The League of Women Voters of the Greater Chippewa Valley has conducted a series of interviews with candidates for Chippewa Valley Assembly Districts. Thanks to the League, we will make these interviews available here. You will notice that all of the interviews are with candidates of one party, which is solely because the opponents of these candidates chose not to respond to requests for interviews. This is the interview with Jodi Emerson, Democratic candidate for the 91st Assembly District.

Disclaimer - our publisher, Steve Hanson, is co-vice-president of the League of Women Voters of the Greater Chippewa Valley.

A quick machine translation of the interview follows:

Thu, Oct 13, 2022 5:20PM • 12:28

Ellen Ochs

Well, good afternoon. I am Ellen Ochs. I'm a co president of League of Women Voters greater Chippewa Valley. And I'm here to interview Jody Emerson, who is running for assembly district 91 here in western Wisconsin. Welcome, Jodi.

Jodi Emerson

Thanks so much for having me, Elllen. Appreciate it.

Ellen Ochs

This is this is a good thing to get candidates out in front of voters so we can see who who you are. And I have several questions to ask you. So I'm going to get right started. Sounds good. Okay. Life expectancy has dropped for Wisconsin citizens in the past year. What steps can the state take to ensure that Wisconsin residents have access to health care that they can afford?

Jodi Emerson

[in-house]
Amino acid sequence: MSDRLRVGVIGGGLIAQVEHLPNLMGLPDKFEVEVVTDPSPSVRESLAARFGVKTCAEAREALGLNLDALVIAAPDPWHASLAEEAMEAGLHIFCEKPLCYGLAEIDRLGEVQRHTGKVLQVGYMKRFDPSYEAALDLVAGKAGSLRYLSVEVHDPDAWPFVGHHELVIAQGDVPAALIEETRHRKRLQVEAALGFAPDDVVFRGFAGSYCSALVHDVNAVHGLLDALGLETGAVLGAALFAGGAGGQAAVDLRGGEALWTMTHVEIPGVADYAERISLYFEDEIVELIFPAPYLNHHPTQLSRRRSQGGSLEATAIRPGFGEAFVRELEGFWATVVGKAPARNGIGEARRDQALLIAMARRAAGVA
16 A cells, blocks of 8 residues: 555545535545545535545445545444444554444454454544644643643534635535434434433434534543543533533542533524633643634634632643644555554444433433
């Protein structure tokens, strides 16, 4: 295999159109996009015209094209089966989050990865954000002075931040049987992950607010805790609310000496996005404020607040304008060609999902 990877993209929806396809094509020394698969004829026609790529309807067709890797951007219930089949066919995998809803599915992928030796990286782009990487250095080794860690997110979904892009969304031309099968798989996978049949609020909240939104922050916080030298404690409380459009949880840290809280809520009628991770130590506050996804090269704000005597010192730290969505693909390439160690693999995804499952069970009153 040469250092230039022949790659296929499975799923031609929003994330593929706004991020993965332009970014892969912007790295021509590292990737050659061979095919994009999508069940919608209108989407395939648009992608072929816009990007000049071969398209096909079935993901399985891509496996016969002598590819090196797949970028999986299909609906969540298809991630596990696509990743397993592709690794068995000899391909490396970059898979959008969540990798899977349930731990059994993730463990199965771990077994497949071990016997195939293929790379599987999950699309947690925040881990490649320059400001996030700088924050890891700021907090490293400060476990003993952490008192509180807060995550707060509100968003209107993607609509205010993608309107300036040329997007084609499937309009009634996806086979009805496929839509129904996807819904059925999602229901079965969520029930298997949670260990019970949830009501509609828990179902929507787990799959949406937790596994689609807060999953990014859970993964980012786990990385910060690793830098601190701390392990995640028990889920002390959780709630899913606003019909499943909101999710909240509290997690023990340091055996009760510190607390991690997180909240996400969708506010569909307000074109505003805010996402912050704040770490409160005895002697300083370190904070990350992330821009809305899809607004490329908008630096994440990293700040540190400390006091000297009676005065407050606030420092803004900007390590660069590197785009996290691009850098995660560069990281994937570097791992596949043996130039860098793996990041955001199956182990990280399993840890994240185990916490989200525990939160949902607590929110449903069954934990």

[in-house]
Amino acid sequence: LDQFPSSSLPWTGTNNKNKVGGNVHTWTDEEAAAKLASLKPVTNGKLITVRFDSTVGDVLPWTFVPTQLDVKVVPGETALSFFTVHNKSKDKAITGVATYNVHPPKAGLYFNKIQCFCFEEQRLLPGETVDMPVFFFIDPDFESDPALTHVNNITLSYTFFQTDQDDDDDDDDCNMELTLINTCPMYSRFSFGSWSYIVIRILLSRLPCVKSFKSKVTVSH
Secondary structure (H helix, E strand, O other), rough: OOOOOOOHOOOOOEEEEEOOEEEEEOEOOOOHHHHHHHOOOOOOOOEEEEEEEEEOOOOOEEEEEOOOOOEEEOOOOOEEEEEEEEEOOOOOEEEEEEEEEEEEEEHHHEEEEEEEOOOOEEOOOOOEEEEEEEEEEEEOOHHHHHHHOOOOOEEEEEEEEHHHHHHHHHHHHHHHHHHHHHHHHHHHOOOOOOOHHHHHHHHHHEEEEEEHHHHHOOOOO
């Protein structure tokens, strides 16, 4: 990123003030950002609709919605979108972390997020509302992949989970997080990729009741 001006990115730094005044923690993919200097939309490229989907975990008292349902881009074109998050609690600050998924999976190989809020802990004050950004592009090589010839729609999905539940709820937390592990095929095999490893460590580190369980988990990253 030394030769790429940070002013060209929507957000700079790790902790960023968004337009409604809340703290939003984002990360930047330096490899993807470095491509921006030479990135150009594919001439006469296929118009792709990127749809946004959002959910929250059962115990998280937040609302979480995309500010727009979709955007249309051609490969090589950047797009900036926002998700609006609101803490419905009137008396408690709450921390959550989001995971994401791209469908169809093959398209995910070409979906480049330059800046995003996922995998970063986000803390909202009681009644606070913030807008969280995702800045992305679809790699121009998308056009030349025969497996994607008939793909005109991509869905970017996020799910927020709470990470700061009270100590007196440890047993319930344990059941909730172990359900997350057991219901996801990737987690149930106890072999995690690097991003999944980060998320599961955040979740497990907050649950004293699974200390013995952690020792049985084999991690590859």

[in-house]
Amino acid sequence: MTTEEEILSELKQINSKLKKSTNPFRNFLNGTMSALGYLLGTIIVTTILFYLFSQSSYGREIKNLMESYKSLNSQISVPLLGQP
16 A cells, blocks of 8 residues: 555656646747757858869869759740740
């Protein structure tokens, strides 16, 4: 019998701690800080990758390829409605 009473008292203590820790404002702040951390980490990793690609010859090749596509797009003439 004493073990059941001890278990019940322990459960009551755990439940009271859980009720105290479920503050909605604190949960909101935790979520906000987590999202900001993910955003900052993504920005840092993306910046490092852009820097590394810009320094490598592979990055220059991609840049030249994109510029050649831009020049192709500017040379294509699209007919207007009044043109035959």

Yeah, that's a great question. And I like the fact that you did it as a true two pronged approach. Because it's not just about having health care, but it's being able to afford it. So if you are making a minimum wage, and you have a $10,000 deductible, you have health insurance, but it's not really accessible for you. So one of the first things that the state can do, that we've been trying to do for several years now is expand Medicaid. In the Affordable Care Act, there was an option for people for states, excuse me, to expand Medicaid. So right now it is up to the federal poverty limit. I don't have the numbers in front of me, but I believe it's if we were to expand it, it would be up to 133% of the poverty line. But you know, sometimes those numbers get jumbled in my head. So I apologize if that's a little off. But basically, we're talking about our most vulnerable people on on the socio economic status, having them have access to Medicaid, make sure that they have not only that they have health care, but it's accessible to them from a financial aspect. People who are at 120% of the poverty level, do not have the financial resources to have a $500 deductible, let alone a $5,000 deductible. So this makes sure that people who are maybe working a couple of part time jobs that, you know, add up to more than a full time job, but don't have the health benefits that come with an employer that they are able to get health care. So it covers their prescriptions, maybe it is insulin, we know what a vital product that is for people who have diabetes. So that's first and foremost, what the state can do. I also see that over the past several years, this isn't just a pandemic response. During the pandemic, we've actually increased money into public health. But But putting more money into public health is an important thing. And public health encompasses so many things. It's about mental health, it's about alcohol and drug abuse. It's it's about disease prevention, whether it's COVID, or whether it's measles, making sure that kids still have their, you know, their their vaccinations and that they're available and affordable to young families. That's a big piece. So public health, making sure we've got strong public health departments and making sure that we expand Medicaid, I think those are two real tangible things that the state can do to to help with the life expectancy.